The Airport Task Force has recommended that operation and management of the Payson Municipal Airport be turned over to a permanent Airport Authority (AA). The AA, as a nonprofit entity financially and administratively independent of town government, would make the airport immediately financially self-sufficient. Town Council undoubtedly finds this feature most appealing, because eliminating the Town's General Fund contribution to operate the airport has been a long-sought goal of the Town.
I support the concept of creating an AA. As both a local pilot and owner of the aviation fuel sales operation at Payson Airport, I will eagerly welcome a more stable and less political Payson Airport. As the Town and Mayor's Airport Task Force continue to work out the details of the AA creation, we must be mindful of some potential pitfalls. The devil is in the details.
First, there is a need for a business plan.
Payson's airport contributes an estimated $8 million annually to our local economy. A Payson without an airport would undoubtedly want to create one so that we could enjoy the $8 million of economic benefits in exchange for the meager $70,000 General Fund contribution. The current plan for an AA proposes to make this already-good deal even better, by completely eliminating the $70,000 annual cost to the Town. But will the Town turn over long-term management of one of its most valuable and important assets to a new AA without being shown a detailed and reasonable AA business plan?
The success of the Payson AA depends entirely on whether the airport can be made financially self-sufficient, meaning that the AA will pay all expenses while existing entirely on self-generated income.
Justification for the Payson AA thus far has been simply, "Sedona did it, so can we." While Sedona Airport is a fairly reasonable comparison airport to ours, we do differ from Sedona in some very important ways. Sedona has 20 percent more airport-based aircraft and 20 percent more annual takeoffs and landings. Sedona also has many more on-airport businesses than Payson, due to the higher amount of tourist helicopter and airplane scenic flight activity in the Red Rock area. Does this mean a Payson AA is not feasible? Not at all. But it does mean that we must closely study the differences between the Payson and Sedona airports to give the Payson AA the best chance of success.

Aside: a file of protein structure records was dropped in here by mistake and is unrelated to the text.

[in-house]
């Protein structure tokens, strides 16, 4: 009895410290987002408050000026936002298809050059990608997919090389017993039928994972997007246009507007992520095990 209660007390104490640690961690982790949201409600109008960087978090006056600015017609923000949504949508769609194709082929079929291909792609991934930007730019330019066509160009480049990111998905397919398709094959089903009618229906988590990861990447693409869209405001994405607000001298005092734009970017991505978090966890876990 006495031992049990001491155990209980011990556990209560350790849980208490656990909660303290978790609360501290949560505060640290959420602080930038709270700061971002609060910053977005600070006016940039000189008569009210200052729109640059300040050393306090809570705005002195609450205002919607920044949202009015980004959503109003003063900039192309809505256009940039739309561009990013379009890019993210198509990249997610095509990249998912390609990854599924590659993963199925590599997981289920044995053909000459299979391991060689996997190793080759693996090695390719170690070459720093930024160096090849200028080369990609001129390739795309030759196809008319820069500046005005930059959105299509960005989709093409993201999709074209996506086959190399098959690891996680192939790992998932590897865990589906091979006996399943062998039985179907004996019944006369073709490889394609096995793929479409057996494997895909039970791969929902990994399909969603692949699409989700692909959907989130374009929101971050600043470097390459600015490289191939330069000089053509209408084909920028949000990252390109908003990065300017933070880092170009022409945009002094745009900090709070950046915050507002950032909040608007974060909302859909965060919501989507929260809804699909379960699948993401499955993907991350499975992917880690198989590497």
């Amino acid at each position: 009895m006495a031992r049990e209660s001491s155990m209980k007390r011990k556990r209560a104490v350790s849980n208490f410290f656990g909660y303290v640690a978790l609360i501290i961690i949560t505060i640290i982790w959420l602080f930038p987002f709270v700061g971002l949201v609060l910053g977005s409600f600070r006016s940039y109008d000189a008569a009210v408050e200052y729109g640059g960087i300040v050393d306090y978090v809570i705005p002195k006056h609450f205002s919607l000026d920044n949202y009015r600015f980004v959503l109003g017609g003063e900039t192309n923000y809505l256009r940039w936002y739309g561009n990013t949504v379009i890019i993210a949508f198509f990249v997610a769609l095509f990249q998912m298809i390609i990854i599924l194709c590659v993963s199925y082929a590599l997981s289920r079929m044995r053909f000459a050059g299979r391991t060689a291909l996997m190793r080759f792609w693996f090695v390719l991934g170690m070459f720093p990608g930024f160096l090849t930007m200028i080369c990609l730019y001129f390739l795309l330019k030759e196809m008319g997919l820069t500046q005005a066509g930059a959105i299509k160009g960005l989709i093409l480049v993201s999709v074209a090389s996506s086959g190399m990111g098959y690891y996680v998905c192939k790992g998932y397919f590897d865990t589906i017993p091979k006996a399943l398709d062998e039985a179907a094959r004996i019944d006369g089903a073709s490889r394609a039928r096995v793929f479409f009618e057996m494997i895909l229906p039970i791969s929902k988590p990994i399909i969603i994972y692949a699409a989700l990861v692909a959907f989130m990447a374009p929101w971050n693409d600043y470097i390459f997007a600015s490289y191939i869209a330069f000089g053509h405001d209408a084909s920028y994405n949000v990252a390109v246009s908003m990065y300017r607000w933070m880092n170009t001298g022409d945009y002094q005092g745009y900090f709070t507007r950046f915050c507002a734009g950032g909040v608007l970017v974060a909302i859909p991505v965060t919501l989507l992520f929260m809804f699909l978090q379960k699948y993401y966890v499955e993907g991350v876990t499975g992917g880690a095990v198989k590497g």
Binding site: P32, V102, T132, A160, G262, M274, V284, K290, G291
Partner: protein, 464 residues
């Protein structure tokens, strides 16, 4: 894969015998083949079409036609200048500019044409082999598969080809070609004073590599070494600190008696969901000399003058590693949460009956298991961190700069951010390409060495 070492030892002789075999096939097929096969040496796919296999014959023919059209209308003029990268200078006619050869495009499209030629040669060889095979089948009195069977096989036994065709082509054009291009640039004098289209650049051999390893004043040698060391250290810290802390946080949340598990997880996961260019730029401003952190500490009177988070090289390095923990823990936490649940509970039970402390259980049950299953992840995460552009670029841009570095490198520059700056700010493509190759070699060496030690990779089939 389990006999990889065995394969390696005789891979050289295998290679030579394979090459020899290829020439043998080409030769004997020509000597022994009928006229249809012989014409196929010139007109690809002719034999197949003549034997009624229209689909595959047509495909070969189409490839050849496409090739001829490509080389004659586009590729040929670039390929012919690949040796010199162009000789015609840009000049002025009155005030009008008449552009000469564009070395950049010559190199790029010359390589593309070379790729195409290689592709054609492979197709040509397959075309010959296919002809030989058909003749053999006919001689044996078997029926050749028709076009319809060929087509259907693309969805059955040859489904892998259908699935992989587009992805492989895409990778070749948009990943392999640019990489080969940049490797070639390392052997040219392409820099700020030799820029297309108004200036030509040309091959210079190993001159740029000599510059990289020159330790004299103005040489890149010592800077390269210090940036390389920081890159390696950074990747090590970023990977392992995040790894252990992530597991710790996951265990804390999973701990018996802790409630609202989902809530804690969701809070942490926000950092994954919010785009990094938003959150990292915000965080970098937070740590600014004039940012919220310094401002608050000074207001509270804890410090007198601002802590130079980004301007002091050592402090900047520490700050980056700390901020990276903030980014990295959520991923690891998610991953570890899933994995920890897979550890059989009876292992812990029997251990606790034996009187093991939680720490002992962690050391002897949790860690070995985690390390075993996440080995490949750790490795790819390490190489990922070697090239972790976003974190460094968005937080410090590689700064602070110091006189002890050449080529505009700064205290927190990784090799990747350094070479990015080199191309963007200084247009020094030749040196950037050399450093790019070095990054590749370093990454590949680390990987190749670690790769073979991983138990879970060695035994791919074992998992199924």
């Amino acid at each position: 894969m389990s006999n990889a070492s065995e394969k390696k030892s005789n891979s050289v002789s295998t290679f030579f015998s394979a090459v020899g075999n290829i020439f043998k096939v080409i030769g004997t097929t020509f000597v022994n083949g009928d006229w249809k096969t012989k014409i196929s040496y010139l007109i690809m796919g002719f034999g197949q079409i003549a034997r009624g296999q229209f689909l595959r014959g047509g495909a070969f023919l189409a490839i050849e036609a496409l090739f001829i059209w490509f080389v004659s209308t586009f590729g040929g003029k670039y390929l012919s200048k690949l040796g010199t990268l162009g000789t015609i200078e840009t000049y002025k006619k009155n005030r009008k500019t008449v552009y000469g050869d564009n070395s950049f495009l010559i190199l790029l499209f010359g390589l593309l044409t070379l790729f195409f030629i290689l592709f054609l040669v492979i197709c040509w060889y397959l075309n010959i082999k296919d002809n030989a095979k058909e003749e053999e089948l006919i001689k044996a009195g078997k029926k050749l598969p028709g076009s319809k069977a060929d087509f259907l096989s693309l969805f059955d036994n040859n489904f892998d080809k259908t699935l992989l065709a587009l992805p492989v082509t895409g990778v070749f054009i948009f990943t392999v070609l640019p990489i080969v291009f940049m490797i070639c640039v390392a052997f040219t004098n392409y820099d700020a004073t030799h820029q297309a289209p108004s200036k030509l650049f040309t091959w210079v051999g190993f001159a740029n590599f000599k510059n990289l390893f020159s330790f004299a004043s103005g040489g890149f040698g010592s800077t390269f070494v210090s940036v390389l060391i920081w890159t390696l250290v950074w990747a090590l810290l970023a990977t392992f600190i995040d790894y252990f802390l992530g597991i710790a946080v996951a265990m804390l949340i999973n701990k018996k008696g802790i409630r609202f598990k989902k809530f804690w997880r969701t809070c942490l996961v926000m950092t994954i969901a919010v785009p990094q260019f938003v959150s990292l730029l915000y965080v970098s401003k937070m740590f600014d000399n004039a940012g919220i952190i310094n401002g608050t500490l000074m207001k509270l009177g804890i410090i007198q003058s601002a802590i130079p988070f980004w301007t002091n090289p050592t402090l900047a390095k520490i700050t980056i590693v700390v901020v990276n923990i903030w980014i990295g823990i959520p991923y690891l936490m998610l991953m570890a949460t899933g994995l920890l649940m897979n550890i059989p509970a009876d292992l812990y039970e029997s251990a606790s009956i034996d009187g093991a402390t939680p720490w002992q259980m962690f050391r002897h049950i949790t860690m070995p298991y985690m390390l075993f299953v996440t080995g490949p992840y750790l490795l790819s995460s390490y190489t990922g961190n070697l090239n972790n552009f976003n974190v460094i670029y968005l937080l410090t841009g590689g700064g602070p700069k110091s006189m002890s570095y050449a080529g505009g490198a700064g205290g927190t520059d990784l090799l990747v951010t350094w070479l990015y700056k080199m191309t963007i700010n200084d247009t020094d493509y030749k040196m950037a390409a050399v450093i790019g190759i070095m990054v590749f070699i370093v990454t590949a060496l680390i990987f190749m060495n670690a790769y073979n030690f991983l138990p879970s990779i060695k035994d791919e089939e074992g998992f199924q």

Central to any comprehensive AA business plan will be consideration of the consequences of the so-called "FAA Funding Crisis." Briefly, the FAA is currently at the end of its 20-year funding appropriation, and has put forth a Bush Administration-supported plan to shift much more FAA funding onto General Aviation (GA). Of course, national GA organizations are strongly opposing these tax and fee increases. But, if adopted as the FAA proposes, this will mean a large increase in the cost of operating GA aircraft and could lead to lower utilization of Payson Airport. Lower utilization means reduced income.
Will the AA still be able to operate the airport? We need the AA business plan to tell us.
Second, there needs to be accountability.
An Airport Authority's independence could be seen by some as a lack of accountability. Supporters should be ready to show why Payson's AA will be responsive and accountable to, not only the airport users, but to the non-flying citizens of Payson. The Task Force should be ready for questions from the non-flying public such as, "Would an Airport Authority -- whose board members are neither elected nor recallable by the citizens or Council of Payson -- be as responsive to the noise complaints that resulted in the shifting of the airport traffic pattern from the south side of the airport to the north side?"